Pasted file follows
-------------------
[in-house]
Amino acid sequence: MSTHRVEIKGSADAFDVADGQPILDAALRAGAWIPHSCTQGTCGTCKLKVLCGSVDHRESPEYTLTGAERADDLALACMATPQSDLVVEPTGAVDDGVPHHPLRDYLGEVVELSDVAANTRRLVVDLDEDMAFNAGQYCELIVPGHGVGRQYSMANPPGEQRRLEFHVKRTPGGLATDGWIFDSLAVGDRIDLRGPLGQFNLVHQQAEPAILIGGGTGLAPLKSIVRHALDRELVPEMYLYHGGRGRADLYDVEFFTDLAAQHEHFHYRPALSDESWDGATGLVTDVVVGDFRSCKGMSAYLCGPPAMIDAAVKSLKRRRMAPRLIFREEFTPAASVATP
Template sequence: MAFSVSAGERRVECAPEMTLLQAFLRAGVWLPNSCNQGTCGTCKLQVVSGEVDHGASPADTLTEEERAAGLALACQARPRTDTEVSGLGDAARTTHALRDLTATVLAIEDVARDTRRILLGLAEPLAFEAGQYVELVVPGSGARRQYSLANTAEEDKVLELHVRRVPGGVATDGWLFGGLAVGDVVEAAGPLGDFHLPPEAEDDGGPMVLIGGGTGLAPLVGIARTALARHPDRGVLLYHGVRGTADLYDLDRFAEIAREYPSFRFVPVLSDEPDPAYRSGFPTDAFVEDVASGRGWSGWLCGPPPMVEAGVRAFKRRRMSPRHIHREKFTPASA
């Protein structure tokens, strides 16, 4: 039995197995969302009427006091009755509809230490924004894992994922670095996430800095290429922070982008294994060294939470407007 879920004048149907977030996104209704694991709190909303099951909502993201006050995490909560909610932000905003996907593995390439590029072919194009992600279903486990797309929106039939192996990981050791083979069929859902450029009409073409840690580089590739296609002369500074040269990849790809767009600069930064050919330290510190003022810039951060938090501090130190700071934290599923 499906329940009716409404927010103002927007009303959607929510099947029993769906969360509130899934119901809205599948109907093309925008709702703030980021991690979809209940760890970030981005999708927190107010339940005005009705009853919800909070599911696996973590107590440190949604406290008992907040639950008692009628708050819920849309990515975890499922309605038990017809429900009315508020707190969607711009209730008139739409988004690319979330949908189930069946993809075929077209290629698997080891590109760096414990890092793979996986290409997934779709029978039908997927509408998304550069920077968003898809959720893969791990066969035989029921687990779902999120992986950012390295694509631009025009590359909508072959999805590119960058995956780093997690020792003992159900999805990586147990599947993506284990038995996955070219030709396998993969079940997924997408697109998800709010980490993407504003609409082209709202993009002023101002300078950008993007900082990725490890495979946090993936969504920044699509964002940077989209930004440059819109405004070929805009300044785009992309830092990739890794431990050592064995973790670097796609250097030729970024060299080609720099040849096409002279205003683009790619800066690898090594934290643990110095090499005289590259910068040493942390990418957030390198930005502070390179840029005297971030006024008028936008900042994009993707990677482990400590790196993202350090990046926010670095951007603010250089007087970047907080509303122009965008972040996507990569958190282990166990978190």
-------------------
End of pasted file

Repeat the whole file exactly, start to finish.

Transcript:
[in-house]
Amino acid sequence: MSTHRVEIKGSADAFDVADGQPILDAALRAGAWIPHSCTQGTCGTCKLKVLCGSVDHRESPEYTLTGAERADDLALACMATPQSDLVVEPTGAVDDGVPHHPLRDYLGEVVELSDVAANTRRLVVDLDEDMAFNAGQYCELIVPGHGVGRQYSMANPPGEQRRLEFHVKRTPGGLATDGWIFDSLAVGDRIDLRGPLGQFNLVHQQAEPAILIGGGTGLAPLKSIVRHALDRELVPEMYLYHGGRGRADLYDVEFFTDLAAQHEHFHYRPALSDESWDGATGLVTDVVVGDFRSCKGMSAYLCGPPAMIDAAVKSLKRRRMAPRLIFREEFTPAASVATP
Template sequence: MAFSVSAGERRVECAPEMTLLQAFLRAGVWLPNSCNQGTCGTCKLQVVSGEVDHGASPADTLTEEERAAGLALACQARPRTDTEVSGLGDAARTTHALRDLTATVLAIEDVARDTRRILLGLAEPLAFEAGQYVELVVPGSGARRQYSLANTAEEDKVLELHVRRVPGGVATDGWLFGGLAVGDVVEAAGPLGDFHLPPEAEDDGGPMVLIGGGTGLAPLVGIARTALARHPDRGVLLYHGVRGTADLYDLDRFAEIAREYPSFRFVPVLSDEPDPAYRSGFPTDAFVEDVASGRGWSGWLCGPPPMVEAGVRAFKRRRMSPRHIHREKFTPASA
């Protein structure tokens, strides 16, 4: 039995197995969302009427006091009755509809230490924004894992994922670095996430800095290429922070982008294994060294939470407007 879920004048149907977030996104209704694991709190909303099951909502993201006050995490909560909610932000905003996907593995390439590029072919194009992600279903486990797309929106039939192996990981050791083979069929859902450029009409073409840690580089590739296609002369500074040269990849790809767009600069930064050919330290510190003022810039951060938090501090130190700071934290599923 499906329940009716409404927010103002927007009303959607929510099947029993769906969360509130899934119901809205599948109907093309925008709702703030980021991690979809209940760890970030981005999708927190107010339940005005009705009853919800909070599911696996973590107590440190949604406290008992907040639950008692009628708050819920849309990515975890499922309605038990017809429900009315508020707190969607711009209730008139739409988004690319979330949908189930069946993809075929077209290629698997080891590109760096414990890092793979996986290409997934779709029978039908997927509408998304550069920077968003898809959720893969791990066969035989029921687990779902999120992986950012390295694509631009025009590359909508072959999805590119960058995956780093997690020792003992159900999805990586147990599947993506284990038995996955070219030709396998993969079940997924997408697109998800709010980490993407504003609409082209709202993009002023101002300078950008993007900082990725490890495979946090993936969504920044699509964002940077989209930004440059819109405004070929805009300044785009992309830092990739890794431990050592064995973790670097796609250097030729970024060299080609720099040849096409002279205003683009790619800066690898090594934290643990110095090499005289590259910068040493942390990418957030390198930005502070390179840029005297971030006024008028936008900042994009993707990677482990400590790196993202350090990046926010670095951007603010250089007087970047907080509303122009965008972040996507990569958190282990166990978190």